3. THC and CBD content: The next step is to consider the THC and CBD content of the strains. THC is the psychoactive compound that produces the “high” associated with cannabis use. At the same time, CBD is a non-psychoactive compound known for its medicinal properties. Some strains are higher in THC and lower in CBD, while others are higher in CBD and lower in THC.
  4. Aroma and Flavor: Some strains have specific aroma and flavor profiles which can greatly impact the experience of consuming cannabis. If you are sensitive to the smell or taste of cannabis, this is something to consider when choosing a strain.
  5. Grow characteristics: Some strains are more difficult to grow than others, which is something to consider if you’re planning on growing your own cannabis. Some strains are more prone to mold or pests, while others are more resistant.
  6. Personal preference: Finally, it’s important to remember that the effects of a strain can vary depending on the individual, so it’s important to consider your personal preferences and experiences.

Setting Up Your Cannabis Grow Space

Setting Up Your Cannabis Grow Space

Choosing the right location

Choosing the right location for your cannabis to grow space is important in growing your own cannabis. Here are a few things to consider when selecting a location:

  1. Light: One of the most important factors for growing cannabis is having access to the right amount of light. Cannabis plants need a lot of light to grow, so it’s important to find a location with plenty of natural light. A south-facing window or a grow tent with artificial lights are good options.
  2. Temperature: Cannabis plants prefer temperatures between 70-85°F (21-29°C) during the day and 60-70°F (15-21°C) at night. It’s important to find a location to maintain these temperatures, especially during the flowering stage.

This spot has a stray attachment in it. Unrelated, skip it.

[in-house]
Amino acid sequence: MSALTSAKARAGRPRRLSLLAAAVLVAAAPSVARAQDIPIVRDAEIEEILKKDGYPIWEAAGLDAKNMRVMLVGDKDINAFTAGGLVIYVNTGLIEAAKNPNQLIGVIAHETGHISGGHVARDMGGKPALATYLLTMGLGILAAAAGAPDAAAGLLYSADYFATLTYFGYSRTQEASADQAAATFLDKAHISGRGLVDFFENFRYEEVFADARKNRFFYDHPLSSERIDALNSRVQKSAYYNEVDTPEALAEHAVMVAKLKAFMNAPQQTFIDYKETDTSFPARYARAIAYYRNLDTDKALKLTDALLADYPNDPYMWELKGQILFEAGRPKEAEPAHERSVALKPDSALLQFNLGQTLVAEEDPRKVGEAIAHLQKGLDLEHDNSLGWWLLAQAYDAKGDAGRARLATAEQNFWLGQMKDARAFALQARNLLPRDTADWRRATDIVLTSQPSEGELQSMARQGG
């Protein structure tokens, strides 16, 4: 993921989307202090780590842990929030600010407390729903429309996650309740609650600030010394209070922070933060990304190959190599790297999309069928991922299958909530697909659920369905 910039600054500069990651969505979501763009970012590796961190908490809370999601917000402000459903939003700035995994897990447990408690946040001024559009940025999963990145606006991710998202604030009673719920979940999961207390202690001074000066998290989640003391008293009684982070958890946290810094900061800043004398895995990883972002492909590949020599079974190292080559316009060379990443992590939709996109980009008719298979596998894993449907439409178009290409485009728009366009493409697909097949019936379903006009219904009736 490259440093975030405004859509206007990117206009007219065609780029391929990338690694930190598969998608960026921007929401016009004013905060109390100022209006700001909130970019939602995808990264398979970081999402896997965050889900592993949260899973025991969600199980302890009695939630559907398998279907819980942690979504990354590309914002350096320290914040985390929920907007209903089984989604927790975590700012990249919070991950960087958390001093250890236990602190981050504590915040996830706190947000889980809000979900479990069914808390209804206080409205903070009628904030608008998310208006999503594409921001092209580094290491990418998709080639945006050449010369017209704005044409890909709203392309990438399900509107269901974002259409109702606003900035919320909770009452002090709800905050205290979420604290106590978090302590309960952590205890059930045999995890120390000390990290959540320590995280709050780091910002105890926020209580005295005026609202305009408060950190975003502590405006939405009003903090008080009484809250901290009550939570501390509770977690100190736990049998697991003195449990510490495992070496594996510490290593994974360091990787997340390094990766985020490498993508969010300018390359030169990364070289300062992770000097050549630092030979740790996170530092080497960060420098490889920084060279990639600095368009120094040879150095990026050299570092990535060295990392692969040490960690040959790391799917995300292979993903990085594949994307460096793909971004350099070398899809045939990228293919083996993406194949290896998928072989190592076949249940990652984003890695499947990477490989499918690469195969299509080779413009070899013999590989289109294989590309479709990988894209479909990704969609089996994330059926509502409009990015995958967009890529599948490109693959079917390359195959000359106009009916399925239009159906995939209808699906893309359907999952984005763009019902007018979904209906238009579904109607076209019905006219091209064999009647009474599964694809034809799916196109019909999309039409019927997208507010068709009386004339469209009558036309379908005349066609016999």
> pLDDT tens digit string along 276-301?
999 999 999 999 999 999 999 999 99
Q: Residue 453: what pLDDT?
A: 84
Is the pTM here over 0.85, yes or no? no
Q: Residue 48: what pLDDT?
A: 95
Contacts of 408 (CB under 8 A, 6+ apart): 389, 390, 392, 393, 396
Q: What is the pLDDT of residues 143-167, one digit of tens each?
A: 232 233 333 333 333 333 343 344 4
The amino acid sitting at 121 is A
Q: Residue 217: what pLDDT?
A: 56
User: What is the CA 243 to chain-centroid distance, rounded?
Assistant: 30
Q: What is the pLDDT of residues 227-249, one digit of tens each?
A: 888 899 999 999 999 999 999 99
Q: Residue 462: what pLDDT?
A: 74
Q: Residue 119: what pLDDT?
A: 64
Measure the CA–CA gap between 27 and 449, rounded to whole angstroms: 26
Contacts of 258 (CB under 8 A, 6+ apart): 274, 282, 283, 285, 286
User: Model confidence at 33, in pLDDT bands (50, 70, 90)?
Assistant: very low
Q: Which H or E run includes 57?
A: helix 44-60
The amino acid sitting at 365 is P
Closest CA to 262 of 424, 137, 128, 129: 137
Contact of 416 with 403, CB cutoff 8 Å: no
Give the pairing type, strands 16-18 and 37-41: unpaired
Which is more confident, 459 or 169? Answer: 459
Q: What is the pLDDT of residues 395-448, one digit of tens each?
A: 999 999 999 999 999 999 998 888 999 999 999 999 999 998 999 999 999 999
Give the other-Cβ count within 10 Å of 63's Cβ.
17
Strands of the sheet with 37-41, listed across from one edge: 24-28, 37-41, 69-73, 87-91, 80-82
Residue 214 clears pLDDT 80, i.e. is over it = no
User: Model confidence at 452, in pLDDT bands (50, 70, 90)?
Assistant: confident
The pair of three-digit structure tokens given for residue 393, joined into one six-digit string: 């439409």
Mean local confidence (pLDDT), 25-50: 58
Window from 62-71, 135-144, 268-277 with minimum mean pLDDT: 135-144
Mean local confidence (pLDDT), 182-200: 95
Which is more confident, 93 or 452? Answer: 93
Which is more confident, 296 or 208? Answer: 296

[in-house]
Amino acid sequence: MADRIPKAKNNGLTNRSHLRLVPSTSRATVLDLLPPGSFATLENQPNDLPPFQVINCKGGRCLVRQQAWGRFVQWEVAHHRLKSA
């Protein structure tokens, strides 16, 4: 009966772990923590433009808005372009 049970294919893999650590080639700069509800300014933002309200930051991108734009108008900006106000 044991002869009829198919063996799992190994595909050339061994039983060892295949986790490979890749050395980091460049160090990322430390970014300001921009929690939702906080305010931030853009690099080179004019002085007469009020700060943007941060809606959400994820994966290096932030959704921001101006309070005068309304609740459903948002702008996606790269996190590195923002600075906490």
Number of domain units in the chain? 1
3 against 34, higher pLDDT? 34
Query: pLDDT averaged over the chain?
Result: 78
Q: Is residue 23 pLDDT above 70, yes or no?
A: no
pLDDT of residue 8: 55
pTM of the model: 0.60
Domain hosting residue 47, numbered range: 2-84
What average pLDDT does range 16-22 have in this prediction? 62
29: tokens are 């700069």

3. Humidity: Cannabis plants prefer humidity levels between 40-60%. The plants may become dry and stressed if the humidity is too low. The plants may be more susceptible to mold and mildew if the humidity is too high.
  4. Ventilation: Good ventilation is important to keep your plants healthy and prevent mould and mildew. Make sure your location has good airflow, and you can exhaust the hot air and bring in the fresh air.
  5. Security: Growing cannabis can be a sensitive topic, and it’s important to consider your growing space’s security. Make sure to keep your plants in a private and secure location where others can’t see them.
  6. Legal considerations: It’s important to check the laws and regulations of your area before setting up a grow.

Building and outfitting your grow space

Building and outfitting a cannabis grow space can be a bit of a process. Still, with the right planning and equipment, it can be a rewarding experience. Here are a few steps to consider when building and outfitting your cannabis grow space:

  1. Choose a location: As mentioned earlier. Choosing a location with the right amount of light, temperature, humidity, and ventilation is important. A spare room, a closet, or a grow tent are all good options for a grow space.
  2. Build your grow space: Depending on your chosen location, you may need to modify the space to create the right environment for your plants. This could include installing lights, building a grow tent, or adding insulation to a room.